"A paragraph is a sentence or group of sentences that develops a main idea. Paragraphs serve as the primary building blocks of essays, reports, memos, and other forms of written composition" (Hult and Huckin, The New Century Handbook, 103).
In essence, paragraphs control the design and structure of the written composition. Paragraphs in the middle of your composition develop the thesis statement and provide transition ideas between supporting details.
Paragraphs should be "unified, coherent, and adequately developed, while flowing from one to the next as smoothly as possible" (Hult and Huckin, The New Century Handbook, 103).
Rule to Remember
Make sure all your paragraphs are unified, coherent, and adequately developed.
"A unified paragraph focuses on and develops a single main idea. This idea is typically captured in a single sentence, called a topic sentence. The other sentences in the paragraph, the supporting sentences, should elaborate on the topic sentence in a logical fashion (Hult and Huckin, The New Century Handbook, 104).
The supporting sentences, also called the body of the paragraph, are used to support, explain, illustrate, or provide evidence for the idea expressed in the topic sentence.
|expresses a paragraph's main idea
|Body of the Paragraph
|develops the main idea expressed in the topic sentence
The main characteristics of a well-written paragraph
|Is achieved by keeping details in the paragraph focused around the central idea.
|Linking individual sentences within a paragraph should be done in a logical way; the paragraph itself should be connected with the rest of the composition by following the natural progression of thought. Use transitional words and phrases to ensure the smooth flow of thought.
|Each paragraph should be long enough to develop in full the main idea expressed in the topic sentence.
Rule to Remember
Introduce a topic sentence in your paragraph and then let the rest of the sentences build details to support it.
A paragraph should not introduce any other evidence or provide information that does not support the main idea; otherwise, the paragraph will lack unity and coherence.
Find logical subdivisions in your argument and organize them into unified paragraphs.
It is common to start a paragraph with a topic sentence and then let the rest of the sentences build details to support it. However, this is not by any means the only or the best pattern. The topic sentence can appear in any part of the paragraph or sometimes it can be implied.
Topic sentences at the beginning of a paragraph
In the following two paragraphs, the topic sentence appears at the beginning:
The environment the teacher creates in the classroom plays one of the most crucial roles in successful learning. This is true of any setting, whether the teaching occurs in a long academic program or in a tutoring situation. The teacher is a role model, a person students can trust, a guide, and a mentor. It is the responsibility of the teacher to create a low-anxiety environment in order to allow the students to enjoy the learning process. A good teacher tries to find out what works best with a particular learner or a group of learners and goes from there. What needs to come first in any learning situation is not a specific aspect or principle of methodology but the learners themselves.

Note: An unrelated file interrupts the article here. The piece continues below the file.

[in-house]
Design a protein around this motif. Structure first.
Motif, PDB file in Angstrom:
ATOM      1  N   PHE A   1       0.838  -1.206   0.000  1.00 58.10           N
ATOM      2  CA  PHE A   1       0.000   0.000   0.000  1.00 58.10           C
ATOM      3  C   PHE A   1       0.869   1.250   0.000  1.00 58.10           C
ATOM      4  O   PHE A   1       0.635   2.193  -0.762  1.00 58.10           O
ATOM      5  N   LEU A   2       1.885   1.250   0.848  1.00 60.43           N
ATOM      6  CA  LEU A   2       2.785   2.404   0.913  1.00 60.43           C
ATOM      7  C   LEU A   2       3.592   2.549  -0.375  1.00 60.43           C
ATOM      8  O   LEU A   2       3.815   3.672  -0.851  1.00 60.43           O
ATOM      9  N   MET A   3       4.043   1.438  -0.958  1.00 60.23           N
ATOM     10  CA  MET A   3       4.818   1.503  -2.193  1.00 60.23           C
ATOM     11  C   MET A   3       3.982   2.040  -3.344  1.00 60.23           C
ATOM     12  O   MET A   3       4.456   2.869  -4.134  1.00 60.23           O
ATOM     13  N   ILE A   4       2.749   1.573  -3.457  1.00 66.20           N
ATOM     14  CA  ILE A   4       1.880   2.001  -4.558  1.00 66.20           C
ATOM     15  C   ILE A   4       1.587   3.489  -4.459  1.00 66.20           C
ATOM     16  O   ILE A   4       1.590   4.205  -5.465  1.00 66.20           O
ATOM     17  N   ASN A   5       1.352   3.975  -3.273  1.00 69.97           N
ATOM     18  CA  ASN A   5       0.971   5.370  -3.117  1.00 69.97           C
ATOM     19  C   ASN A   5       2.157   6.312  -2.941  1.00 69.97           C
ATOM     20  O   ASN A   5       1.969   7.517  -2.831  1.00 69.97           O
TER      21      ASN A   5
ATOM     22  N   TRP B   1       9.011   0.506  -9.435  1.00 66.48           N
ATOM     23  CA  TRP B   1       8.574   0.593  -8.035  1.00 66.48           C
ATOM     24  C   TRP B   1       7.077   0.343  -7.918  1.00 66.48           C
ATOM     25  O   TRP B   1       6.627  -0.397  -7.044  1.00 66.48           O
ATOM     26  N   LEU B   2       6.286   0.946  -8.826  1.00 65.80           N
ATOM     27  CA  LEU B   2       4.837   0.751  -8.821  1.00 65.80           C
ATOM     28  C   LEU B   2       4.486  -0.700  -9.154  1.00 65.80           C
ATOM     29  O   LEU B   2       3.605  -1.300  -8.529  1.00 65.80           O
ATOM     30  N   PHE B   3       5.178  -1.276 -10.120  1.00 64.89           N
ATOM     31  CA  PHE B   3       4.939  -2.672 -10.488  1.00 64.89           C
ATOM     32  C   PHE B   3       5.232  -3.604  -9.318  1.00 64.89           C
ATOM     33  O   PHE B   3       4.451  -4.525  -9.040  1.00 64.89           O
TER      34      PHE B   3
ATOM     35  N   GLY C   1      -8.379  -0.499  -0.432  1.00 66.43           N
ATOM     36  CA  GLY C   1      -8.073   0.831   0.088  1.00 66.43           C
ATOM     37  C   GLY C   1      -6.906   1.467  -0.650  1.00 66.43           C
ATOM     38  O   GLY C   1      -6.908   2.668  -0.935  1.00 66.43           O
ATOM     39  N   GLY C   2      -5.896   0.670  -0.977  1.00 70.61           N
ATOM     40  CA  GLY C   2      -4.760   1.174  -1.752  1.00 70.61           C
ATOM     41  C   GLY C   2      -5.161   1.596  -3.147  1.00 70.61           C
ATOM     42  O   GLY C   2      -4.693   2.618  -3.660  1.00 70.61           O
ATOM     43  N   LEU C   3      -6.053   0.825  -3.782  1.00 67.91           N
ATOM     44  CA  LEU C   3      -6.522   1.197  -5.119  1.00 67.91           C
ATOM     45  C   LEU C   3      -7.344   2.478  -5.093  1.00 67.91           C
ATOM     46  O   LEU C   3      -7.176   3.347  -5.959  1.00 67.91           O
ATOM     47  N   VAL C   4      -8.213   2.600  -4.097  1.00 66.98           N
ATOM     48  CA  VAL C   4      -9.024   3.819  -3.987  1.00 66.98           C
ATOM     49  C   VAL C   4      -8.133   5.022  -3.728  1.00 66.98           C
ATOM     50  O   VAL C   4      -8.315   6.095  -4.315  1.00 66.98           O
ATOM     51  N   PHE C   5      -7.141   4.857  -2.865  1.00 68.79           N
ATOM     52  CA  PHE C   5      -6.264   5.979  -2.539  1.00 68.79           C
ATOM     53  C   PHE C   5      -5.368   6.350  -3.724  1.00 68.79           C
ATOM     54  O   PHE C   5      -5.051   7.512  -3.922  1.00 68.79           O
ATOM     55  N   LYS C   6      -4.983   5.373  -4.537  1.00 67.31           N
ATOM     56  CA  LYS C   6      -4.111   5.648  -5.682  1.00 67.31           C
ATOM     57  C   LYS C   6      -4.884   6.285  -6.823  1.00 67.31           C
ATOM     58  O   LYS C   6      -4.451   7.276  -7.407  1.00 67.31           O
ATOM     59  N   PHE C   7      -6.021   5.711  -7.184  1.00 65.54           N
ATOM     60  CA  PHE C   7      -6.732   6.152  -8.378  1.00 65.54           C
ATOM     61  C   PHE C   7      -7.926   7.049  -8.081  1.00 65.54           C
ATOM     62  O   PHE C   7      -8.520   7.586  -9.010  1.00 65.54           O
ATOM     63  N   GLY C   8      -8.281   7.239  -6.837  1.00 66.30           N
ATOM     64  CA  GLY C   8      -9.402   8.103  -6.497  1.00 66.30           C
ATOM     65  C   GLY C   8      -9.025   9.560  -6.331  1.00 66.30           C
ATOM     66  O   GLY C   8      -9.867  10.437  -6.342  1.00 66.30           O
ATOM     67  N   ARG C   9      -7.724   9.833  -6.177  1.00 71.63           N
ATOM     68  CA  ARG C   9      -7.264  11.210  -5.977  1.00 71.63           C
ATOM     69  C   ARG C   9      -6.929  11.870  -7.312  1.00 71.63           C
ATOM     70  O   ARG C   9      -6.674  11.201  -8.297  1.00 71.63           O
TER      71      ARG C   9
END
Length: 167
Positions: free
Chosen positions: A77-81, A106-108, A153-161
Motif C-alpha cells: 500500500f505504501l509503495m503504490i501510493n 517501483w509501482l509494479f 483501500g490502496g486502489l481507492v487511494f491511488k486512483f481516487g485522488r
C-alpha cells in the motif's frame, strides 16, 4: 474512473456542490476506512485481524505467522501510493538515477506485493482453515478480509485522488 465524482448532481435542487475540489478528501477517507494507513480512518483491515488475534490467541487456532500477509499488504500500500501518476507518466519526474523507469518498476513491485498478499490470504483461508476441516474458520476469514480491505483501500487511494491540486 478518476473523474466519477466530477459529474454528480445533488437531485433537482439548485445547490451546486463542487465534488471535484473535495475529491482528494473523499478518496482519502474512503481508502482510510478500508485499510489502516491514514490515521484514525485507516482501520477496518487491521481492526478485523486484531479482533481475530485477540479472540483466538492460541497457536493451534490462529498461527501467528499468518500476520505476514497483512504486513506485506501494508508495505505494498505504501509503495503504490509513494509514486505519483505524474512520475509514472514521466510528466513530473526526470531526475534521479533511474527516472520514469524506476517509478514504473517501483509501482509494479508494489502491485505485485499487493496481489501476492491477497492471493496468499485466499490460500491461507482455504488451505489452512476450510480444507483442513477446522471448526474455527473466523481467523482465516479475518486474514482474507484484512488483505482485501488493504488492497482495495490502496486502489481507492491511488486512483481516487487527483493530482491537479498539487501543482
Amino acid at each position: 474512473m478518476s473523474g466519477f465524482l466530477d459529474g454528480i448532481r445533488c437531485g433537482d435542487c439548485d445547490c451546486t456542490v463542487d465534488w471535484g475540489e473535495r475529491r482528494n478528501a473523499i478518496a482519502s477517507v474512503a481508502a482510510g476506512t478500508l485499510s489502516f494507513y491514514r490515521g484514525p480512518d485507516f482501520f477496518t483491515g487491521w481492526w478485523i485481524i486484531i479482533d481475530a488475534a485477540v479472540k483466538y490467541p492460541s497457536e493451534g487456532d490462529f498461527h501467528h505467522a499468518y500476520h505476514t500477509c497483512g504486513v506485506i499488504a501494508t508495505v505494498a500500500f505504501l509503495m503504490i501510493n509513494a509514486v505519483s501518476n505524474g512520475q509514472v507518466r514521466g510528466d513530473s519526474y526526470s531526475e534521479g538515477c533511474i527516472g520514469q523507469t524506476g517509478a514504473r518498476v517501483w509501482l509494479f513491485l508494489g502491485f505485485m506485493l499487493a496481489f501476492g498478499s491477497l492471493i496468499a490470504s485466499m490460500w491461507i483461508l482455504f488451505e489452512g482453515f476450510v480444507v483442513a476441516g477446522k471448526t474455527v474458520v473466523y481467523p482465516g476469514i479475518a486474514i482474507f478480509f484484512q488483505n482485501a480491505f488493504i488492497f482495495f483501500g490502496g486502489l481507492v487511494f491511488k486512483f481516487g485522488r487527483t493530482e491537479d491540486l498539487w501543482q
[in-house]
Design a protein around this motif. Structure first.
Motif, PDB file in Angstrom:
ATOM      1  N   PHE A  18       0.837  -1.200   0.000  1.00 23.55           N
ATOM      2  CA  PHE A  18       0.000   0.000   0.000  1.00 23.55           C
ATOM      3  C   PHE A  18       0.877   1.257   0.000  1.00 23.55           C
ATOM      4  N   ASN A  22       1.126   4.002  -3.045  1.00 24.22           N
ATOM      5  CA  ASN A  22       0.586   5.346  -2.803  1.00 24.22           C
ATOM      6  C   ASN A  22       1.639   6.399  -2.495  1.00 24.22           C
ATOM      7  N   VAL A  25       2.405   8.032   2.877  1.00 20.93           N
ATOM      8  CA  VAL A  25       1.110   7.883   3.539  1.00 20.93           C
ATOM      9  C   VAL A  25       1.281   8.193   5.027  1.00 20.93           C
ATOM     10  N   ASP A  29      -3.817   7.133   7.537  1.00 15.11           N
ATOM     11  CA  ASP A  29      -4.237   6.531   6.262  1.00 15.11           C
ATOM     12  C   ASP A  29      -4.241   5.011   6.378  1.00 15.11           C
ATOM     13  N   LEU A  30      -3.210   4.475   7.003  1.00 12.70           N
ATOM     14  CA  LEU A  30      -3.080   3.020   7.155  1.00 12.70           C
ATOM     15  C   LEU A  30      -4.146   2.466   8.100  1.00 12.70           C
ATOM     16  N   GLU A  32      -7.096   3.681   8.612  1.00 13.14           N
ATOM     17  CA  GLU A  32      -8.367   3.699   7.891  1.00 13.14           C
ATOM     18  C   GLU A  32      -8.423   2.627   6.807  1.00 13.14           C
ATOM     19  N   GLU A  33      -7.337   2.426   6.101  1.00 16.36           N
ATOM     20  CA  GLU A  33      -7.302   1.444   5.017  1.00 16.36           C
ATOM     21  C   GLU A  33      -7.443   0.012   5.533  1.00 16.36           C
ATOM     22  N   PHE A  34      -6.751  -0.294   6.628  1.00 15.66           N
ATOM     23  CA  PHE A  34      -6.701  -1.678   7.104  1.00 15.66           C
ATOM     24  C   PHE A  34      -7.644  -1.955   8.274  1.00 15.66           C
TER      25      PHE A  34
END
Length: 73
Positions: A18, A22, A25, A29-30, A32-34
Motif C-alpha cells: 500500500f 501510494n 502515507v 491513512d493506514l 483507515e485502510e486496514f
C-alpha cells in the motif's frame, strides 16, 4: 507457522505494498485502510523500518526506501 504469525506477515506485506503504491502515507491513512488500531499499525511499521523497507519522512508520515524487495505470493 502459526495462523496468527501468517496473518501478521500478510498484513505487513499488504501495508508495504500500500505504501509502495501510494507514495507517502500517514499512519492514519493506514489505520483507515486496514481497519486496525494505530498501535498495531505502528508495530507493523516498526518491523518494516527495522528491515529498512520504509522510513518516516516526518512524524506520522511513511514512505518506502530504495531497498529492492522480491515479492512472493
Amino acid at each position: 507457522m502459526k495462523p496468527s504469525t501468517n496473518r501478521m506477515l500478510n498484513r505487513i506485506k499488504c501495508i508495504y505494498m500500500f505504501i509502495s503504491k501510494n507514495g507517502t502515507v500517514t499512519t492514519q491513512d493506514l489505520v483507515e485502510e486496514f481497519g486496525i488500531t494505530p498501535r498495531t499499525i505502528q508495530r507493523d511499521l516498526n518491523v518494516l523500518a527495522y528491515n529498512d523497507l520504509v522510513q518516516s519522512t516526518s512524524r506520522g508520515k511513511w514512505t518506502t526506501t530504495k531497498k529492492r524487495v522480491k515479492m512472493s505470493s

From a Teaching Practicum Reflection Paper
Online education has become more popular than other forms of distance education because it offers learners a great deal of flexibility. Students have the freedom to work at their own pace, time, and chosen location. The flexibility of online learning makes it a very powerful tool that enhances learning, provides motivation for self-directed study, and, at the same time, increases convenience for learners with effective use of place and time. Online education is an excellent solution for those who consider learning to be a lifelong process. For adult learners, it provides the possibility to manage work, family, and other activities while still being able to take classes.
From a student research paper on Advantages and Limitations of Web-Based Instruction
"A topic sentence should, if possible, do four things: (1) provide a transition from a the preceding paragraph, (2) introduce the topic of the paragraph, (3) make a main point about this topic, and (4) suggest how the rest of the paragraph will develop this point" (Hult and Huckin, The New Century Handbook, 104).
Suggestions for writing paragraphs
- Avoid paragraphs that are either too long or too short
- Develop a single idea in a paragraph
- Use different patterns of paragraph development (narration, description, definition, example, comparison and contrast, analogy, cause and effect, or process)
- Provide transitions between paragraphs to make your writing flow smoothly (refer to the section on Transitions)
Rule to Remember
Audience also affects the choice of language, vocabulary, and sentence structures.